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Henry Gray (1825–1861).  Anatomy of the Human Body.  1918.
 
  The Nerve to the Piriformis arises from the dorsal division of the second sacral nerve, or the dorsal divisions of the first and second sacral nerves, and enters the anterior surface of the muscle; this nerve may be double.


FIG. 829– Dissection of side wall of pelvis showing sacral and pudendal plexuses. (Testut.) (See enlarged image)

  The Superior Gluteal Nerve (n. glutæus superior) arises from the dorsal divisions of the fourth and fifth lumbar and first sacral nerves: it leaves the pelvis through the greater sciatic foramen above the Piriformis, accompanied by the superior gluteal vessels, and divides into a superior and an inferior branch. The superior branch accompanies the upper branch of the deep division of the superior gluteal artery and ends in the Glutæus minimus. The inferior branch runs with the lower branch of the deep division of the superior gluteal artery across the Glutæus minimus; it gives filaments to the Glutæi medius and minimus, and ends in the Tensor fasciæ latæ.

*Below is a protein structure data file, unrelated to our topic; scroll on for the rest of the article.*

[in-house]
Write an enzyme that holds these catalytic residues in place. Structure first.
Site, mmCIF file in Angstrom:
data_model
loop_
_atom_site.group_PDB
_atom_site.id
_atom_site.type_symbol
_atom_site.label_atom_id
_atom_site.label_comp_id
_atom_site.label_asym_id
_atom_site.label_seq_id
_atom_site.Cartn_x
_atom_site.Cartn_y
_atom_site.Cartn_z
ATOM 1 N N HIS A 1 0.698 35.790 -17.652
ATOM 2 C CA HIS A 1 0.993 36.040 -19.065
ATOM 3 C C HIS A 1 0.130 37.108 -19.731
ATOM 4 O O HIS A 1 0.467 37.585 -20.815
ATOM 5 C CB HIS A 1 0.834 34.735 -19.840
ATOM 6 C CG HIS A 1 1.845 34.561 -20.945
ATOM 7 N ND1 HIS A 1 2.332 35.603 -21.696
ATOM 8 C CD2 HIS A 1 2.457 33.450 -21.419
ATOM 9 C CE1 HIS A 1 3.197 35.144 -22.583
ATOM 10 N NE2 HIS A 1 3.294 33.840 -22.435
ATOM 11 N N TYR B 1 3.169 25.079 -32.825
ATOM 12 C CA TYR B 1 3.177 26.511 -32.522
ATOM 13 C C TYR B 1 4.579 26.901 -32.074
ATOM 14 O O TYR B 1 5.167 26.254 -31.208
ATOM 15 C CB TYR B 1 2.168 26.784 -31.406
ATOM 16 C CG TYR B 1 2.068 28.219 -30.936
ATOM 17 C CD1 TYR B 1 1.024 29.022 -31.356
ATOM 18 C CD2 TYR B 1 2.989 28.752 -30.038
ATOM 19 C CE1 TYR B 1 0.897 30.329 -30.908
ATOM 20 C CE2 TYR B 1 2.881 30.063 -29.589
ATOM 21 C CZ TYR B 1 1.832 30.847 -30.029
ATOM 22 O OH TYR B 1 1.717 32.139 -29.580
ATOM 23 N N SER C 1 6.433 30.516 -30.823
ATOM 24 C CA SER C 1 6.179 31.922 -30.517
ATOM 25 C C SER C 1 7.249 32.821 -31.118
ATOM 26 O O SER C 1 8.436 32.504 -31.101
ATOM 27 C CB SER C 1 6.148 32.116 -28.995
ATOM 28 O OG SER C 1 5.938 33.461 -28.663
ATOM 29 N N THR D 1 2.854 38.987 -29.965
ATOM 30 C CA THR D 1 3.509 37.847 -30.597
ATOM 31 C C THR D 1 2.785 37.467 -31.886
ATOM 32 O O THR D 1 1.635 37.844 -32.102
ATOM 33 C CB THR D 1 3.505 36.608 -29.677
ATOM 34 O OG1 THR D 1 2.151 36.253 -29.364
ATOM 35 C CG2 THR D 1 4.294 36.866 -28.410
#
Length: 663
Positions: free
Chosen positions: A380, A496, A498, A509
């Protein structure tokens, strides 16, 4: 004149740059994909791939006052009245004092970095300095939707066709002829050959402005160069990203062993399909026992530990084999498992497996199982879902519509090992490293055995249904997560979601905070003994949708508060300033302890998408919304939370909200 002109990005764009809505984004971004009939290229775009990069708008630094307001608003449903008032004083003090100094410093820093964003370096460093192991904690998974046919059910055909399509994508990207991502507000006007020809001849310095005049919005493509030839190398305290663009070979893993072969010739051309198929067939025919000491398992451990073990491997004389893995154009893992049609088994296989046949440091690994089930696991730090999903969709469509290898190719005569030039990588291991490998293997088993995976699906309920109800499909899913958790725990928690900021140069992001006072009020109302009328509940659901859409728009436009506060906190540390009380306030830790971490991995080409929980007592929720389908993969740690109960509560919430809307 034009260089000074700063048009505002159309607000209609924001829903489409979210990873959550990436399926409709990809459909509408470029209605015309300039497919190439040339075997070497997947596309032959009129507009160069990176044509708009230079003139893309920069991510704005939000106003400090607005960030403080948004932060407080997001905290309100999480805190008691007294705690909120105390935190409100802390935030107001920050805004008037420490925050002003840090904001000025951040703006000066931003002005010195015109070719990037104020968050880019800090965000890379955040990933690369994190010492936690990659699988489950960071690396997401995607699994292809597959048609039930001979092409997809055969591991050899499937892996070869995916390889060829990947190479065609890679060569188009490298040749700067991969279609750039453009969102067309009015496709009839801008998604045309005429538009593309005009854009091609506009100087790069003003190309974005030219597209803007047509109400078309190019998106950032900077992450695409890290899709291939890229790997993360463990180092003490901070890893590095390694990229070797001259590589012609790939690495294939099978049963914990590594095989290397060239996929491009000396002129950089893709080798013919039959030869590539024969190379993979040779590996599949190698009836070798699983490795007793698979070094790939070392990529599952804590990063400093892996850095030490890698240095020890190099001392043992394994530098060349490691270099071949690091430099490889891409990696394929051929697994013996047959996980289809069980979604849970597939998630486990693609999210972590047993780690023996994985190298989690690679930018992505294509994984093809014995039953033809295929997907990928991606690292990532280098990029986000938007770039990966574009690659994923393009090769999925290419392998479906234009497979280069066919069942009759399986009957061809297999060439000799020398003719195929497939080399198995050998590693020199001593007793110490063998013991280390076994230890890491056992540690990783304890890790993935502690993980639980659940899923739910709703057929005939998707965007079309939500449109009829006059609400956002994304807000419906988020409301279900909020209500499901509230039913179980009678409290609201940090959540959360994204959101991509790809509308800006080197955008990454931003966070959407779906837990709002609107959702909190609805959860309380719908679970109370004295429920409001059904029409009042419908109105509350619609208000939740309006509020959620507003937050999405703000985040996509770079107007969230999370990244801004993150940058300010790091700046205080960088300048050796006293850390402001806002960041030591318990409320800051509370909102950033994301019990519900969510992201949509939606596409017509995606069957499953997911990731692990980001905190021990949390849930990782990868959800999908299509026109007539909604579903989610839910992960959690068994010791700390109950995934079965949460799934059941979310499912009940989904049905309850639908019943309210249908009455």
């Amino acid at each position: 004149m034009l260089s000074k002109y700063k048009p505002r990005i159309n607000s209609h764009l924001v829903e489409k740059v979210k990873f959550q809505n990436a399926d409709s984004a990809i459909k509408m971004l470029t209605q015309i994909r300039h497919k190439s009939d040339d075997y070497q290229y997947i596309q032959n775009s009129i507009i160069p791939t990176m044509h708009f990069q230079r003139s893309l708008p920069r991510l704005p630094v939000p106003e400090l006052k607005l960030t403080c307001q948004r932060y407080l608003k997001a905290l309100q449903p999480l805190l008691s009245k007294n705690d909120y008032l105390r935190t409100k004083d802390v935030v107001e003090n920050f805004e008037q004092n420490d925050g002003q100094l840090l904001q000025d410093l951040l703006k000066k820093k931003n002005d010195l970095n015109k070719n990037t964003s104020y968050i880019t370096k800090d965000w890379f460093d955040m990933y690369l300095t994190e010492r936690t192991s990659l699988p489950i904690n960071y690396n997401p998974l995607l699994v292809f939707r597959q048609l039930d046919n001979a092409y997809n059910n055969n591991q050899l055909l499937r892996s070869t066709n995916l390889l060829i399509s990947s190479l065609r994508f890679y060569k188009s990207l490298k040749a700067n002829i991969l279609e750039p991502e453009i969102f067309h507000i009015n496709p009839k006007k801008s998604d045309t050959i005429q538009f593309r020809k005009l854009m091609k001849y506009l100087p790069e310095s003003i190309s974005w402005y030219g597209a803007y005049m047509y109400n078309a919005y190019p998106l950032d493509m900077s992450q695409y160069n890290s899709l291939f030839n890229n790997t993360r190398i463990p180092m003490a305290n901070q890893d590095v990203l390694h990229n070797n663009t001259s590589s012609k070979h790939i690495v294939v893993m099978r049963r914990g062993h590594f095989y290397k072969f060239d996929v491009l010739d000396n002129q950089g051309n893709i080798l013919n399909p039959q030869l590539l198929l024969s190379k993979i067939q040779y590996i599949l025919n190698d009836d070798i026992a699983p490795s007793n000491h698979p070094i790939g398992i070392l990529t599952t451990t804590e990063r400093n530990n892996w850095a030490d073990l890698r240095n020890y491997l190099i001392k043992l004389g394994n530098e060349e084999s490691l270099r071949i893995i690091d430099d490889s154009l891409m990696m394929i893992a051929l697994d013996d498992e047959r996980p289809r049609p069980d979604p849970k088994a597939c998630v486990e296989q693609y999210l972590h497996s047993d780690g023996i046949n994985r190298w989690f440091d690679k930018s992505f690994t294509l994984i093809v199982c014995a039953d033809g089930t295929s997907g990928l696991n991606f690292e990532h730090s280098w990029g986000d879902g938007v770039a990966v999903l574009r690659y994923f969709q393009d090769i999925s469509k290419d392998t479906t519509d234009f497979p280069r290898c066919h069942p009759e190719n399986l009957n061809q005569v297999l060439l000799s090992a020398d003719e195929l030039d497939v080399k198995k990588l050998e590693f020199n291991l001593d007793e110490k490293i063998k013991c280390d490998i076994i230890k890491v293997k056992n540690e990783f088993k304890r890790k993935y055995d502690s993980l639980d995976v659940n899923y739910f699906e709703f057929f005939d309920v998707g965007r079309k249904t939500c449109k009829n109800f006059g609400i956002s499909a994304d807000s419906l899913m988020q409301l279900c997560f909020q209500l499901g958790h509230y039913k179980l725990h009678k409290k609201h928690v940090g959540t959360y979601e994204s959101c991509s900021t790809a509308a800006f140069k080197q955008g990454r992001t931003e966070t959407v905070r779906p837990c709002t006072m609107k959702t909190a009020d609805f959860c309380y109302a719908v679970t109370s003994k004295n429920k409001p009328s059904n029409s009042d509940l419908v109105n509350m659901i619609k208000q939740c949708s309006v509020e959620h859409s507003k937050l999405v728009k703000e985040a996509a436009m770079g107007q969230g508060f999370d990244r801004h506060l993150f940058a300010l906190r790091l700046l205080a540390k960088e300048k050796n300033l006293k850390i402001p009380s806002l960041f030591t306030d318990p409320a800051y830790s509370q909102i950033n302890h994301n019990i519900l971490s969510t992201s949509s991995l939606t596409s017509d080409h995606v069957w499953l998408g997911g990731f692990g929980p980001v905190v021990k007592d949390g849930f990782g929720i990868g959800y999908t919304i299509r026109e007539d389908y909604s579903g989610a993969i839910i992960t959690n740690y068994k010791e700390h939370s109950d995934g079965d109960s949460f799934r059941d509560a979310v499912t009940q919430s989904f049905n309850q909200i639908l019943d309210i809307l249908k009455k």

The Inferior Gluteal Nerve (n. glutæus inferior) arises from the dorsal divisions of the fifth lumbar and first and second sacral nerves: it leaves the pelvis through the greater sciatic foramen, below the Piriformis, and divides into branches which enter the deep surface of the Glutæus maximus.
  The Posterior Femoral Cutaneous Nerve (n. cutaneus femoralis posterior; small sciatic nerve) is distributed to the skin of the perineum and posterior surface of the thigh and leg. It arises partly from the dorsal divisions of the first and second, and from the ventral divisions of the second and third sacral nerves, and issues from

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